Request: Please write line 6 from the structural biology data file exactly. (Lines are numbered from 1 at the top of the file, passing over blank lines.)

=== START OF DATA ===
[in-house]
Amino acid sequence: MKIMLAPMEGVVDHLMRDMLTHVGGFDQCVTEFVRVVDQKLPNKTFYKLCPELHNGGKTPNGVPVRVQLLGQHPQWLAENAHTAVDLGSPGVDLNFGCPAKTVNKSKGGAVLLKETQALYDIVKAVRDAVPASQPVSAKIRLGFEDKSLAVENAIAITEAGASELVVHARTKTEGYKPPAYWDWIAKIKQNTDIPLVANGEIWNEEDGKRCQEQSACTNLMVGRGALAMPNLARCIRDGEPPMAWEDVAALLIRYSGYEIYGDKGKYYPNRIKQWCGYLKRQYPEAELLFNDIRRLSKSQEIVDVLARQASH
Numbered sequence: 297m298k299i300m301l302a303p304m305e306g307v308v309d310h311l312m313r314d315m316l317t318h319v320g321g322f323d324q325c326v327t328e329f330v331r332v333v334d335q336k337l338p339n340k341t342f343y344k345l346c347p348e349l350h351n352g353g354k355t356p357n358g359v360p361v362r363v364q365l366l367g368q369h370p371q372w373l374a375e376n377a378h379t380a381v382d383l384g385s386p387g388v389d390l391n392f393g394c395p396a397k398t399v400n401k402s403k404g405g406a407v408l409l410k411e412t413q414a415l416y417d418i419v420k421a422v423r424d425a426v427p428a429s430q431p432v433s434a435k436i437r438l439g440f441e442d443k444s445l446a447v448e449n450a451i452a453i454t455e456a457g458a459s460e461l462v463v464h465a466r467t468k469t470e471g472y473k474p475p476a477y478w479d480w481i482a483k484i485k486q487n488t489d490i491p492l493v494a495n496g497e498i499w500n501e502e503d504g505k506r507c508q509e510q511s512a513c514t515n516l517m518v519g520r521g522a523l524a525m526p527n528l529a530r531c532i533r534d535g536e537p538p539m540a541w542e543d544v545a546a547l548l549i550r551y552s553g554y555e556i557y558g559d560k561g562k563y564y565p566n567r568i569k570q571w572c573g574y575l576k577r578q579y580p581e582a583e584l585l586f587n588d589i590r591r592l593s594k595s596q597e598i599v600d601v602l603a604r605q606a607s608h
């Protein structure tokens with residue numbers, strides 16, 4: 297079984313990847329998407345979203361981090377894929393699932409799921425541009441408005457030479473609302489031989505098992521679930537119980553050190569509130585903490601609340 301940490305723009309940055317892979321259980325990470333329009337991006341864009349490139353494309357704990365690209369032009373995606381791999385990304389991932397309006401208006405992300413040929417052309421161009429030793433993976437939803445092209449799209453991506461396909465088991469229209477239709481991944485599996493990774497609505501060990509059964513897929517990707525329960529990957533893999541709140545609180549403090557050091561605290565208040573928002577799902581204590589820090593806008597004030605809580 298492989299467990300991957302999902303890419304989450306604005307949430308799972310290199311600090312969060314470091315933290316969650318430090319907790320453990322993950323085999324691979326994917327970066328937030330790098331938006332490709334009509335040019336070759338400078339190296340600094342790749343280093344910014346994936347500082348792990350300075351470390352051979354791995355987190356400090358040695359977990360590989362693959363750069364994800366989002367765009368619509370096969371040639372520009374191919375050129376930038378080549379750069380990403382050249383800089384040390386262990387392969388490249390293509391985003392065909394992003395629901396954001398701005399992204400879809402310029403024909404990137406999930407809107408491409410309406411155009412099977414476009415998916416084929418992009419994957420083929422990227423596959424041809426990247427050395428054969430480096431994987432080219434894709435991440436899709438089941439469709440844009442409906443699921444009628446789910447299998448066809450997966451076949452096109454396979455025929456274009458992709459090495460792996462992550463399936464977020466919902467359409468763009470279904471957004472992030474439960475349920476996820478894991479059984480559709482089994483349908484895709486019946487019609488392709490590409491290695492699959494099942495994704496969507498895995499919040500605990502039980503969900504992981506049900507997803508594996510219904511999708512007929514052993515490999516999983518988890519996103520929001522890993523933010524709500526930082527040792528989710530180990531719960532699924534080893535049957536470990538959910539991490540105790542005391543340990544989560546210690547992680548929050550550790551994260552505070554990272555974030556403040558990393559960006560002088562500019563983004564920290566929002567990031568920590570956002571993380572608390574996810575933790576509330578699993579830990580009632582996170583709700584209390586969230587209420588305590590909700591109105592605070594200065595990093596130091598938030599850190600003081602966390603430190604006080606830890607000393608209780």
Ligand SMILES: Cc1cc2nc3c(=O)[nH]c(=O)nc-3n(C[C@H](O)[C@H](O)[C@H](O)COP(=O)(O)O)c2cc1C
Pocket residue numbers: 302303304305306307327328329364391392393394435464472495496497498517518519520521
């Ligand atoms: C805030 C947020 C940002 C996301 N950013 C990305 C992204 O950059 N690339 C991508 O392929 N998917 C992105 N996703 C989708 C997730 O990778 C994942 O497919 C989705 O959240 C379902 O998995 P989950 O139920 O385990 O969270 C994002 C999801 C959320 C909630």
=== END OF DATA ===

Pocket residue numbers: 302303304305306307327328329364391392393394435464472495496497498517518519520521